What risk factors contribute to blood clots?

What risk factors contribute to blood clots?

Risk factors are closely associated with overall causes of abnormal blood clots. Some of the most common include:

  • Artery associated blood clots (i.e. atherosclerosis): These may develop as a result of hypertension (high blood pressure), high cholesterol levels, diabetes, cancer, excess weight and obesity, smoking habits and a family history of blood clots, stroke or heart attack.
  • Blood clots occurring in the veins:  There are 3 main risk factors in this regard:

    1. Immobility
    2. Injury
    3. Genetic predisposition

    These may occur due to a sedentary lifestyle or an immobile state (lack of muscle movement or movement at all due to becoming bedridden or hospitalised following injury or due to a surgical procedure, such as joint replacements, orthopaedic and spinal cord damage, or paralysis, as well as during long-haul travel, such as long stretches of travel in cars, trains or aeroplanes which limit movement for more than 4 consecutive hours (4), or during pregnancy) or due to genetic errors in the blood’s clotting ability.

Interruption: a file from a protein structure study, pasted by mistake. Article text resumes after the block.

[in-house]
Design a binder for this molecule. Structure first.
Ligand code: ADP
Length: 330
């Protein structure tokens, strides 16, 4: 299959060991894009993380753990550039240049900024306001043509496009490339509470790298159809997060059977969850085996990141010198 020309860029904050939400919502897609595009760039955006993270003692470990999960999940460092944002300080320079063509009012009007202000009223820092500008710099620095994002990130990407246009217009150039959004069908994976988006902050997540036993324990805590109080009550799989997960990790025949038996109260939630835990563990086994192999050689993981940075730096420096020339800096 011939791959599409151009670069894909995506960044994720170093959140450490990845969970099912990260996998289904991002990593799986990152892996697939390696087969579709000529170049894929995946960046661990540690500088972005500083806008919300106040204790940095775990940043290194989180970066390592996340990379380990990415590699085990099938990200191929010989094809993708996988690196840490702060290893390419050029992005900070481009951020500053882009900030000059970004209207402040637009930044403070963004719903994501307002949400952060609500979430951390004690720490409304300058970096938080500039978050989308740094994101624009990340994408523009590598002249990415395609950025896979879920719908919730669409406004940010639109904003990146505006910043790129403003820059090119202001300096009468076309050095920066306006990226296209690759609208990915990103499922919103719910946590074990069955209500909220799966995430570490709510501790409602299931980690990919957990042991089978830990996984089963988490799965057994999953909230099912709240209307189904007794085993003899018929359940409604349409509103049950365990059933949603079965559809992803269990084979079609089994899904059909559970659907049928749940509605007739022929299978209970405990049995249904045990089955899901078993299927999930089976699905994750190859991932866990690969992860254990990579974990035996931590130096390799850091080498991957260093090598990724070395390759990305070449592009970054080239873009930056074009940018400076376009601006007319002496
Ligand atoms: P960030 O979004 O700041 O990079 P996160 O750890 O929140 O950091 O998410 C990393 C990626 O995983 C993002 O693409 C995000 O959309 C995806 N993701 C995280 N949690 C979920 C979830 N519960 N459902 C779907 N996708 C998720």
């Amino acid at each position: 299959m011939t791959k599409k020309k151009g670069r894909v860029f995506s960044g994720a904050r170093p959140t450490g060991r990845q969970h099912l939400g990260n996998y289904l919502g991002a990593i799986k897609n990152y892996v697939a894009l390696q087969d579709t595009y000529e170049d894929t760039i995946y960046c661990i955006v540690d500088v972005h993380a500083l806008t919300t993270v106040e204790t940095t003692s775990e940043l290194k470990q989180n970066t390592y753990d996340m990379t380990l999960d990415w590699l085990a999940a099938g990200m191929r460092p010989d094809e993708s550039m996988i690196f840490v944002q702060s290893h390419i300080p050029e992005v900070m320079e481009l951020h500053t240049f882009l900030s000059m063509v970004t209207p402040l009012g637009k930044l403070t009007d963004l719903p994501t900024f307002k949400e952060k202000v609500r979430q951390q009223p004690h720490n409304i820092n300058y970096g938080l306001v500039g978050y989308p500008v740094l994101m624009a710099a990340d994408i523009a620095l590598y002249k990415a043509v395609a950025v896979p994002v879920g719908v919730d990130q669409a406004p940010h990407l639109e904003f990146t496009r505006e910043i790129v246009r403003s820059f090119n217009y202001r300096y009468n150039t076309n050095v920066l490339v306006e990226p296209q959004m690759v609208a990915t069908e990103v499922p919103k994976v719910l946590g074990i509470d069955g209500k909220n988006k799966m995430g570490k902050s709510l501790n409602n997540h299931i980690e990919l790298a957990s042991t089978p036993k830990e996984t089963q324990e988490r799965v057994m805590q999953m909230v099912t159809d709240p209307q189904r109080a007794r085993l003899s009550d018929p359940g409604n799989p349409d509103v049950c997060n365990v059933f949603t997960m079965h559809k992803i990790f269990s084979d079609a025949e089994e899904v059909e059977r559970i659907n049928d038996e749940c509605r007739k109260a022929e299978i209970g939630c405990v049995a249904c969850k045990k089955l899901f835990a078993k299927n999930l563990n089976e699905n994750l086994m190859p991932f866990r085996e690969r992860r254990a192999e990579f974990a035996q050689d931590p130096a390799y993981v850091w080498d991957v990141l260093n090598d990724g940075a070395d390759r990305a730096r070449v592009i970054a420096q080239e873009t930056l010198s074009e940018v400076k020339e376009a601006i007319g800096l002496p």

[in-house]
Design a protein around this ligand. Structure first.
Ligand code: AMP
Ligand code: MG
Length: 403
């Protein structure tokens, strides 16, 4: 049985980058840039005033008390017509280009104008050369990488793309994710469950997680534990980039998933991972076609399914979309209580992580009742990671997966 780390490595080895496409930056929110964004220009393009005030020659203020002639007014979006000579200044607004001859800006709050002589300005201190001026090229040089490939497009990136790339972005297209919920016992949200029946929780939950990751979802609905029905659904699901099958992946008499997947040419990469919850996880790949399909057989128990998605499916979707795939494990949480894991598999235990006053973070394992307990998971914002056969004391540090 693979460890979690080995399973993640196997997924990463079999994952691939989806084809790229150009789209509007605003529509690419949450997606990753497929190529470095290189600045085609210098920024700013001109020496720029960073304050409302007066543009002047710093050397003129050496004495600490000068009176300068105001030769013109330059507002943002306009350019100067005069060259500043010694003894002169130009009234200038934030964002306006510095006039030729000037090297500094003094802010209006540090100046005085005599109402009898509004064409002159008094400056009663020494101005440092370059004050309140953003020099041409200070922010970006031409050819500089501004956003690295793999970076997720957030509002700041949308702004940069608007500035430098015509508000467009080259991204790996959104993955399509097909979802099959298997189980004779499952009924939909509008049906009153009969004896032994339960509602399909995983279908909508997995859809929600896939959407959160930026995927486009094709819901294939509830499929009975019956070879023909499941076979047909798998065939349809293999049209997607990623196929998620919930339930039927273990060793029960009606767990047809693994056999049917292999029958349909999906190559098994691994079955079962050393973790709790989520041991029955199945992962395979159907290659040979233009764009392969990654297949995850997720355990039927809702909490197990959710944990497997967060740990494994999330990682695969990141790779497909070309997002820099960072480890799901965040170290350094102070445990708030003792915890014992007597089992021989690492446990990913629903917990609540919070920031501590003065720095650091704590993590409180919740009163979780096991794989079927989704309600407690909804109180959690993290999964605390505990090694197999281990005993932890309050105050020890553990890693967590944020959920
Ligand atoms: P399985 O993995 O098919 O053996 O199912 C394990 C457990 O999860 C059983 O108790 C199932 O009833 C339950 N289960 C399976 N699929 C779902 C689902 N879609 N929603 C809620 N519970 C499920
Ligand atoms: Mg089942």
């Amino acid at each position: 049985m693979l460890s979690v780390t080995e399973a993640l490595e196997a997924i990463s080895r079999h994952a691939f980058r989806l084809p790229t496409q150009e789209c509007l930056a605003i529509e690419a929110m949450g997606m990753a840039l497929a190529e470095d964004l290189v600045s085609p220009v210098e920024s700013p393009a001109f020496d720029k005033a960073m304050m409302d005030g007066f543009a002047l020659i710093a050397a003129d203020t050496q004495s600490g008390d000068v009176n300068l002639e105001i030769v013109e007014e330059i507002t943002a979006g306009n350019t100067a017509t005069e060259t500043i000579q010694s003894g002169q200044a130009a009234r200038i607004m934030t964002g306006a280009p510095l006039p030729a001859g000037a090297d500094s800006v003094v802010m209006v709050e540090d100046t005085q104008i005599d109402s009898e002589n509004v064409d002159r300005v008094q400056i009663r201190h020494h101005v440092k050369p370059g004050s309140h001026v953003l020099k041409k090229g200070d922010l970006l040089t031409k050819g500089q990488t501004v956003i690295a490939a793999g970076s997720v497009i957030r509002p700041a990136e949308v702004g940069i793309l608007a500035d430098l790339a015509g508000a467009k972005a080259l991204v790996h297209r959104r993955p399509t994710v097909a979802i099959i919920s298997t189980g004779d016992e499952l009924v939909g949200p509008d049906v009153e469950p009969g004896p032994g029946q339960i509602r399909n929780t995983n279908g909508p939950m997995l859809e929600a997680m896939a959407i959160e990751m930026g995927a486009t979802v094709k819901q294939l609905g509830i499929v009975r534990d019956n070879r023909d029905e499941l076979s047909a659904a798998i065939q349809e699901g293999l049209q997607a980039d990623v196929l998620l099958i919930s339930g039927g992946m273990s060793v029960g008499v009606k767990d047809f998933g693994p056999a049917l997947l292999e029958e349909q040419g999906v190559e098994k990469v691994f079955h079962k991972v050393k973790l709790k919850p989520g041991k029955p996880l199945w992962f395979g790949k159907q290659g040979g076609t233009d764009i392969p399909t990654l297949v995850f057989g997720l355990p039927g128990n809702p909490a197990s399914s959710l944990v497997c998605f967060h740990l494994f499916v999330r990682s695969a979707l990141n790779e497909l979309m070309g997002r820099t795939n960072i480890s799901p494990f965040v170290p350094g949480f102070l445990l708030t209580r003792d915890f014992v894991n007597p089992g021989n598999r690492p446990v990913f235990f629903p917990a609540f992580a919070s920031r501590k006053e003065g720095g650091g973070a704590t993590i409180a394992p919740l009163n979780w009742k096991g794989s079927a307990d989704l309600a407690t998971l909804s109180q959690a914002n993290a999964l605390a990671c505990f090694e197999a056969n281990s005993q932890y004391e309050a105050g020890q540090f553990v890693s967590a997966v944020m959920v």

Other general risk factors include:

  • Age (blood circulation typically slows during senior years, post 65 years of age, which can increase risk for clots)
  • Excess weight and obesity
  • Chronic inflammatory diseases, such as rheumatoid arthritis or irritable bowel syndrome
  • Conditions which result in increased swelling of tissues can increase risk for clots – these include diverticulitis, acute pancreatic swelling, liver disease or appendicitis
  • Cirrhosis of the liver
  • Cancer
  • Oestrogen-based medications
  • Pregnancy (compression of veins in the lower extremities and pelvis due to the growing baby, results in slowing blood flow, as well as an increased tendency to clot in preparation for birth and following delivery, which increases the risk of developing a clot)
  • Genetic influences, such as a family history of blood clotting problems or disorders
  • One or more previous miscarriages



4. Centers for Disease Control and Prevention. December 2016. Blood Clots and Travel: What You Need to Know: https://www.cdc.gov/ncbddd/dvt/travel.html [Accessed 28.08.2018]

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